Sustainable Pasture Management in Texas: Optimizing forage production and nutrient use in various environments and soils

Project Overview

Project Type: On-Farm Research
Funds awarded in 2019: $14,298.00
Projected End Date: 03/14/2021
Grant Recipient: USDA-ARS
Region: Southern
State: Texas
Principal Investigator:


  • Agronomic: grass (misc. perennial)


  • Animal Production: feed/forage


    Updated abstract:


    Eastern gamagrass is a valuable productive native grass that originally ranged over large areas of the eastern and southern United States. It is highly palatable and produces high quality forage and high yields on marginal land subject to excess moisture. Due to overgrazing this grass has become significantly less abundant and thus becoming a study of interest.

    In 2019, we observed and took measurements of five ecotypes from different locations in Texas and Oklahoma and that were growing in Temple, TX. We input our recorded measurements of each ecotype for crop parameters in the ALMANAC model. We simulated yield for each ecotype using data on rainfall, temperature and soil type of each county of interest. The parametrized model will be useful for determining which ecotype has optimum productivity for these different environments.


    Seventy-one ecotypes were collected from different locations in Texas and Oklahoma and planted in a common garden at Temple, TX. The genetic diversity within this collection will be characterized using EST-SSRs, and the ploidy level of each ecotype is being determined using flow cytometry. Measurements are made for plant parameters for the ALMANAC model. Nitrogen response data is collected from four sites to follow up on previous studies by NRCS.

    Measurements will be taken in 2019 on agricultural experiment station plots and on four farmers’ fields with different treatments including applied fertilizer and harvest interval.  The field experiment was not repeated in 2020 because of COVID restrictions, but will be repeated in 2021.  The experiment was laid out as a split block randomized complete block design with three replications. Results of this project will lead to optimized management of these accessions, esp. applied fertilizer, to minimize cost, maximize profit return, and avoid negative environmental impacts (esp. soil and water qualities), and maximize forage quality. Information derived from these sites was used to develop process-based modeling of crop growth. This model is an effective way of representing how EG accession, environment, and cropping management interactions affect forage production. This will increase the accuracy of crop productivity estimates and improve planning adaptation strategies to reduce risks and uncertainties about economic returns generated from planting EG. The developed forage model system will be used for decision-making, farm planning and educating farmers or ranchers about potential benefits of EG establishment. Education effort for farmers or ranchers will be carried out using field demonstrations and through news publications directed towards agricultural producers. Farmers will be offered a chance to visit the research plot areas, with an annual field day and talks by the researchers to discuss the economic and environmental benefits and remaining challenge of an EG production system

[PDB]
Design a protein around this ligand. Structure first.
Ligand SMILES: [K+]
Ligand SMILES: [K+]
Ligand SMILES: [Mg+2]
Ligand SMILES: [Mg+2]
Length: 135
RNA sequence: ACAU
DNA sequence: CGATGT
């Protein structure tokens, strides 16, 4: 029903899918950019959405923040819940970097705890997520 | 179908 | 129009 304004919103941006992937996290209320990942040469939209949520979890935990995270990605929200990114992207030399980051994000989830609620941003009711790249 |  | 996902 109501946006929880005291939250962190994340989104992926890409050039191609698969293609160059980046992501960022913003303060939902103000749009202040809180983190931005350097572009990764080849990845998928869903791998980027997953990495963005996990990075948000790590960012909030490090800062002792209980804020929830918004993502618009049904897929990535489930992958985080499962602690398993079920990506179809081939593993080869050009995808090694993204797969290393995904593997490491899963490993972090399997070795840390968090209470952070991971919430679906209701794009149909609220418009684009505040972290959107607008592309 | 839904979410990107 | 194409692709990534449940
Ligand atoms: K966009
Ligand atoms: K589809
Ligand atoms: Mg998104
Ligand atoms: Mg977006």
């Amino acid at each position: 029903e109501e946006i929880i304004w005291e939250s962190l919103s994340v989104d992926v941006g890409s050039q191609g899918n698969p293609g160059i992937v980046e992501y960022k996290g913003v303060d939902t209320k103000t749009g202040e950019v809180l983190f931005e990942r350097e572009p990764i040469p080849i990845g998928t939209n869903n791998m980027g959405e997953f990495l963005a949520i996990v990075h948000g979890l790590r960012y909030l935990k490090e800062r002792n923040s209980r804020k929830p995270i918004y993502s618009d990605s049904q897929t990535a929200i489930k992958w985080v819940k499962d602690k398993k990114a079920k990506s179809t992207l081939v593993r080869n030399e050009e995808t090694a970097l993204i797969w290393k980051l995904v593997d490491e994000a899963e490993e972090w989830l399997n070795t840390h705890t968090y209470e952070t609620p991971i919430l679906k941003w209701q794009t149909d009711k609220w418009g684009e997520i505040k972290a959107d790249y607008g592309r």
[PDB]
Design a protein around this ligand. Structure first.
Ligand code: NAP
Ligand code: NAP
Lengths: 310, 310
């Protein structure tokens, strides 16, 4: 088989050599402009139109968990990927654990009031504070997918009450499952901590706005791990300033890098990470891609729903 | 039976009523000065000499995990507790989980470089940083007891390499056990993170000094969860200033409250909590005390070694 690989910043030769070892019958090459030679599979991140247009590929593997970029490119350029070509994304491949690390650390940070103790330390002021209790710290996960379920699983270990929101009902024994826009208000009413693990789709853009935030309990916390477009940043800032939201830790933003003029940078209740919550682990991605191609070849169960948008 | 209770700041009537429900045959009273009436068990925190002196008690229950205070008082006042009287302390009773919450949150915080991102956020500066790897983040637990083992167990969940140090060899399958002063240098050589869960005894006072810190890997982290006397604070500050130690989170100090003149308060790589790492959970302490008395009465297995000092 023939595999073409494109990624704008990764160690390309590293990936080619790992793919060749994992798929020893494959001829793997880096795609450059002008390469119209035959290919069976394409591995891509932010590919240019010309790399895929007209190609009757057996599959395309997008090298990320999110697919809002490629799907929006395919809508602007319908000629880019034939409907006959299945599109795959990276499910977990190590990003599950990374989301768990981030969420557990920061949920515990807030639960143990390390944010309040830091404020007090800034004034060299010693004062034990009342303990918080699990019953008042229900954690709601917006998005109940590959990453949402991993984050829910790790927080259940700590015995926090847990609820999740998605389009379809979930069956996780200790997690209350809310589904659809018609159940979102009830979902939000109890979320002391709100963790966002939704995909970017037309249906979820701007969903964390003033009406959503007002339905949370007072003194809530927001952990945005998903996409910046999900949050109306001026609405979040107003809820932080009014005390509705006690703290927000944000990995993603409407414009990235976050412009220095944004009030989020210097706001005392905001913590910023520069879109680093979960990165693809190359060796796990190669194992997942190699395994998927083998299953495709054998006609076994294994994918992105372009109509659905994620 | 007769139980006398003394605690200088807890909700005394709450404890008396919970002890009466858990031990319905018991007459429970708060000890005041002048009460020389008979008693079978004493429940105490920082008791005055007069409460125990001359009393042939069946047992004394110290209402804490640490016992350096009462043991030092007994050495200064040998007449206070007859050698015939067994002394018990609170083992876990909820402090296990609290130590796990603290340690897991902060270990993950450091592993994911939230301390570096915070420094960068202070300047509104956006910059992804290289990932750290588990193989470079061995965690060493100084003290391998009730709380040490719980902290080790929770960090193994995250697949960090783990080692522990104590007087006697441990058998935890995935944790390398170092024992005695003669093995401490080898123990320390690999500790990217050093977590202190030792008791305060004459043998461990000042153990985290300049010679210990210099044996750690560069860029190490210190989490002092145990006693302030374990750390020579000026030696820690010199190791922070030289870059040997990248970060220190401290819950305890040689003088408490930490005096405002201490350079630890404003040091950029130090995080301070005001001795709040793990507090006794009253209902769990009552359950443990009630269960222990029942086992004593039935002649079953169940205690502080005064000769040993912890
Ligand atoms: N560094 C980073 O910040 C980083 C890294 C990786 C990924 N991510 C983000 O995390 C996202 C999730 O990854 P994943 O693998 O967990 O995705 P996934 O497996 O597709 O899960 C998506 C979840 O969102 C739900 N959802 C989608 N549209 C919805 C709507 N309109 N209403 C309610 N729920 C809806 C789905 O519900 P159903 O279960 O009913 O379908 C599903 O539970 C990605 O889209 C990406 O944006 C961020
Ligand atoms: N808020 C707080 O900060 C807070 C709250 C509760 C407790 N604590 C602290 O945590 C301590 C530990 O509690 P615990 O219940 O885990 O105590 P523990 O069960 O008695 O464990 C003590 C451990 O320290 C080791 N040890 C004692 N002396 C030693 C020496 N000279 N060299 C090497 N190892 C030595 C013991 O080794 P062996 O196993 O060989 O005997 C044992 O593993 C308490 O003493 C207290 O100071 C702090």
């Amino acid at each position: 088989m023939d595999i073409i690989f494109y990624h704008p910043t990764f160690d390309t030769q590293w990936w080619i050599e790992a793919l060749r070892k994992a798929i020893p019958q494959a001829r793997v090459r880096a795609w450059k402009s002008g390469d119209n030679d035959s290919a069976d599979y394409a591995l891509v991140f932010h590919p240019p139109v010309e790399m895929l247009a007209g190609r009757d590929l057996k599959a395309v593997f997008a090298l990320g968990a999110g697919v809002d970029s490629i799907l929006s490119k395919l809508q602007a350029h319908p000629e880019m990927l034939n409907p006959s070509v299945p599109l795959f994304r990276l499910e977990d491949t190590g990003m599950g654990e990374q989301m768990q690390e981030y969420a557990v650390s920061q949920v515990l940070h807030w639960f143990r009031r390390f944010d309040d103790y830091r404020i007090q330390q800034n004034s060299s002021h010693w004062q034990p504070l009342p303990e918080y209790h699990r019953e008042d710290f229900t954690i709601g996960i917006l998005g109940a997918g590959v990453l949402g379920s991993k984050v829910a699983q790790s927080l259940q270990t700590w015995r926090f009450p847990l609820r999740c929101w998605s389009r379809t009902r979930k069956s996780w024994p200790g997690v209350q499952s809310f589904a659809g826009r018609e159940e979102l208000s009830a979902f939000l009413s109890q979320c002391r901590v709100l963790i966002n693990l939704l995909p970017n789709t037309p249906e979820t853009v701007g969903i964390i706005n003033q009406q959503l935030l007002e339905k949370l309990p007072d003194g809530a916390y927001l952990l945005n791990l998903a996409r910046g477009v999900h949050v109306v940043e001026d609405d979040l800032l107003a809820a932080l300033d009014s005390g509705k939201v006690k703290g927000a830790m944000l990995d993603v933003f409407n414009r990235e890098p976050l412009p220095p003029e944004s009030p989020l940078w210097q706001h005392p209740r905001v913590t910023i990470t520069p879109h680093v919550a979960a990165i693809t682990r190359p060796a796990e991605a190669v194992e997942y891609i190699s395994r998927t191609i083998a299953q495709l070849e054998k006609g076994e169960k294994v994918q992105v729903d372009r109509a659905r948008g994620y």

Project objectives:


    Our objective was to enumerate eastern gamagrass benefits and provide better guidance for establishment and fertilizer application of this grass for maintaining productive, resistant, and resilient forage and hay production.

    Any opinions, findings, conclusions, or recommendations expressed in this publication are those of the author(s) and do not necessarily reflect the view of the U.S. Department of Agriculture or SARE.